Carve the Pumpkin, Not Your Hand

News Picture: Carve the Pumpkin, Not Your Hand

SUNDAY, Oct. 21, 2018 (HealthDay News) -- Jack-o'-lanterns can be scary, but they shouldn't be dangerous.

Last year, pumpkin carving accounted for nearly 3,200 of the 16,706 Halloween-related injuries treated in U.S. emergency departments, doctors' offices and clinics, according to the Consumer Product Safety Commission.

"Pumpkin carving is a fun activity, but it can result in serious cuts on the hand and injuries to bones and tendons," American Academy of Orthopaedic Surgeons spokesman Dr. L. Reid Boyce Nichols said in an academy news release.

"Consider having children decorate pre-carved pumpkins with stickers and paint to avoid using sharp objects. This will allow children to join in the fun while eliminating the use of sharp objects and their risk of injury," he suggested.

Nichols, a pediatric orthopedic surgeon, offered these safe-carving tips:

  • Use a pumpkin carving kit or knives that are specifically designed for carving. They're less likely to get stuck in thick pumpkin skin.
  • Carve pumpkins in a clean, dry and well-lit area, and make sure there is no moisture on the carving tools or your hands.
  • If someone suffers a cut, apply pressure with a clean cloth and elevate the injured area above the heart. If bleeding does not stop within 10 to 15 minutes or if the cut is deep, you may need to see a doctor. Clean cuts and cover them with clean bandages.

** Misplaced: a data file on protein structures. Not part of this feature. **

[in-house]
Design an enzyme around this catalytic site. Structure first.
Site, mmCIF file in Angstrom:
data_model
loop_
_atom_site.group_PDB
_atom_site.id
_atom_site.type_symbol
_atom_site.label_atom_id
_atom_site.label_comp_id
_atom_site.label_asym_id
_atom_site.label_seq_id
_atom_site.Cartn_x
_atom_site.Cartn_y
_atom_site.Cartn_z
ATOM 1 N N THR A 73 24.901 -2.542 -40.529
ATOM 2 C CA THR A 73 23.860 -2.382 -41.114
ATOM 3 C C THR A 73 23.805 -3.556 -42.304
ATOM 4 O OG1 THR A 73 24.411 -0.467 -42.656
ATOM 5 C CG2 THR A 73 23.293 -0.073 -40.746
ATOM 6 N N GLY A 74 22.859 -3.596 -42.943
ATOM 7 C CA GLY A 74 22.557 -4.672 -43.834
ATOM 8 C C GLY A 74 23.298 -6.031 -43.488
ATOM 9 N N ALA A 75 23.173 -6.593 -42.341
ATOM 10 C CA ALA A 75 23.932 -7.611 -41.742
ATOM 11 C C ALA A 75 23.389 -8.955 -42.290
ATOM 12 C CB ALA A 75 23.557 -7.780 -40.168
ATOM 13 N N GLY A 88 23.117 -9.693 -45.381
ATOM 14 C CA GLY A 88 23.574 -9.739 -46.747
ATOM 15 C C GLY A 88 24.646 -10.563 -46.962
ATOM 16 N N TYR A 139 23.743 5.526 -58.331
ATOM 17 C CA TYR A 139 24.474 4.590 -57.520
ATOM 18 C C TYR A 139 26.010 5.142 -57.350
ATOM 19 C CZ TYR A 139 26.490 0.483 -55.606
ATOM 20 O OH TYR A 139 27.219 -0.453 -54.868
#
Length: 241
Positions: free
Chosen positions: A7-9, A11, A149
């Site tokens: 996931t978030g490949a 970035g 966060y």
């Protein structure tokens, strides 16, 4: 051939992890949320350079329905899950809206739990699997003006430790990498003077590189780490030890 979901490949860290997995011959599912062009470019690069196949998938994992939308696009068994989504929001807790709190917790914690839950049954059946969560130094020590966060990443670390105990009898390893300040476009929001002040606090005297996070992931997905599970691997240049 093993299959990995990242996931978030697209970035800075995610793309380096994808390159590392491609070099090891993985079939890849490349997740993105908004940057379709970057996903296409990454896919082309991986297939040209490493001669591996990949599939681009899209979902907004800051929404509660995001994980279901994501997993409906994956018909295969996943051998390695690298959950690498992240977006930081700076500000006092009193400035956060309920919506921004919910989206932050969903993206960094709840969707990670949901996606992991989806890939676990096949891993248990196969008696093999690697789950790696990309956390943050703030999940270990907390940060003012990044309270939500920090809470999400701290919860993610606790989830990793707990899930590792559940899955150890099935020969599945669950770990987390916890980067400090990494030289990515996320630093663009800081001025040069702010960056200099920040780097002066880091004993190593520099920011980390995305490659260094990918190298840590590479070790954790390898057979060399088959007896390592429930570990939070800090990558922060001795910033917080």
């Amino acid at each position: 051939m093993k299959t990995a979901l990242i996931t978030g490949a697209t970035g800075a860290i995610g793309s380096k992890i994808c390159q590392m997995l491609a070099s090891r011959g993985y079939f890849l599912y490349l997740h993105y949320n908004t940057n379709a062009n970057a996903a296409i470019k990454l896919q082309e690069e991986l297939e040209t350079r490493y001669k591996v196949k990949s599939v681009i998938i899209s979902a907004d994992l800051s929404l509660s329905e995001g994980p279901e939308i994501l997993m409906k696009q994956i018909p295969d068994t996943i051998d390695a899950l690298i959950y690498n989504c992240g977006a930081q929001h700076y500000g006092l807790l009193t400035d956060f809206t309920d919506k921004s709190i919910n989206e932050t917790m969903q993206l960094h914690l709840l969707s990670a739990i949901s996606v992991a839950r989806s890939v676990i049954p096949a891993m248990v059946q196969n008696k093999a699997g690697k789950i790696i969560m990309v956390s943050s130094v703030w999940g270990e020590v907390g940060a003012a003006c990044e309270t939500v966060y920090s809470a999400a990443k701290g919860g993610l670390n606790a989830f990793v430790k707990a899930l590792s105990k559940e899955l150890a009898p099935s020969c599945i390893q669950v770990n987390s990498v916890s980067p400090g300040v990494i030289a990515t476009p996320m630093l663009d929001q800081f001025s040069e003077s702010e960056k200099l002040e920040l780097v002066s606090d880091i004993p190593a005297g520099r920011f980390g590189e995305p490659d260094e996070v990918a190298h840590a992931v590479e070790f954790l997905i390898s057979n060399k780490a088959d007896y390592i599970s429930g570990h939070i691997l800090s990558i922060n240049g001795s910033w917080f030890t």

• Don't use candles in pumpkins or other Halloween decorations. Use non-flammable light sources, like glow sticks or artificial pumpkin lights.

Nichols added that pumpkin carving isn't the only potential Halloween danger.

"Trick-or-treating can be dangerous if caution is not taken when near traffic and other distractions," he said. "While you walk, look up, not down and pay attention to the people, objects and obstacles around you. Distracted walking can easily be avoided."

Remind children to use crosswalks and obey traffic signals as they go from house to house. Bright-colored costumes will be easier for motorists to see, but adding reflective tape to clothing and goodie bags will provide added visibility. Using a flashlight is also a good idea.

-- Robert Preidt

MedicalNews
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SOURCE: American Academy of Orthopaedic Surgeons, news release, Oct. 16, 2018

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